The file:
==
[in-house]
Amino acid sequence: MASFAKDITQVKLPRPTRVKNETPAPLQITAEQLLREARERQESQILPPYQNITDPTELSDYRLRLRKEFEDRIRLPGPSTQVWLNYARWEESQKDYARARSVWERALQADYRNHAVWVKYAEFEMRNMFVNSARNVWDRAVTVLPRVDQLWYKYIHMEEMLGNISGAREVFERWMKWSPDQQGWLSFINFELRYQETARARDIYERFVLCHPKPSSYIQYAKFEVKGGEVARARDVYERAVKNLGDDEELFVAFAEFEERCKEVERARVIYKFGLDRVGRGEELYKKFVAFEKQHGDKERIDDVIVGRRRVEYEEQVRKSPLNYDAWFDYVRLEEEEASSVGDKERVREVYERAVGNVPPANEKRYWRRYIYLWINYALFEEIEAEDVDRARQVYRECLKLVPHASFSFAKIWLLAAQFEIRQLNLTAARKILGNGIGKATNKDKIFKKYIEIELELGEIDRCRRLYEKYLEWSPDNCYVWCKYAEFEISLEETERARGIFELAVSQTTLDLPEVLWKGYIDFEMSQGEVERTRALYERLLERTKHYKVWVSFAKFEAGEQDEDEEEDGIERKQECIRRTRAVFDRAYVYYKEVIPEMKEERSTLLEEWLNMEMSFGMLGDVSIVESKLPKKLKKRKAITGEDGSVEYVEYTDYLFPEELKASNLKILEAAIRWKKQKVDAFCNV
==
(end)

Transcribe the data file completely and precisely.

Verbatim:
[in-house]
Amino acid sequence: MASFAKDITQVKLPRPTRVKNETPAPLQITAEQLLREARERQESQILPPYQNITDPTELSDYRLRLRKEFEDRIRLPGPSTQVWLNYARWEESQKDYARARSVWERALQADYRNHAVWVKYAEFEMRNMFVNSARNVWDRAVTVLPRVDQLWYKYIHMEEMLGNISGAREVFERWMKWSPDQQGWLSFINFELRYQETARARDIYERFVLCHPKPSSYIQYAKFEVKGGEVARARDVYERAVKNLGDDEELFVAFAEFEERCKEVERARVIYKFGLDRVGRGEELYKKFVAFEKQHGDKERIDDVIVGRRRVEYEEQVRKSPLNYDAWFDYVRLEEEEASSVGDKERVREVYERAVGNVPPANEKRYWRRYIYLWINYALFEEIEAEDVDRARQVYRECLKLVPHASFSFAKIWLLAAQFEIRQLNLTAARKILGNGIGKATNKDKIFKKYIEIELELGEIDRCRRLYEKYLEWSPDNCYVWCKYAEFEISLEETERARGIFELAVSQTTLDLPEVLWKGYIDFEMSQGEVERTRALYERLLERTKHYKVWVSFAKFEAGEQDEDEEEDGIERKQECIRRTRAVFDRAYVYYKEVIPEMKEERSTLLEEWLNMEMSFGMLGDVSIVESKLPKKLKKRKAITGEDGSVEYVEYTDYLFPEELKASNLKILEAAIRWKKQKVDAFCNV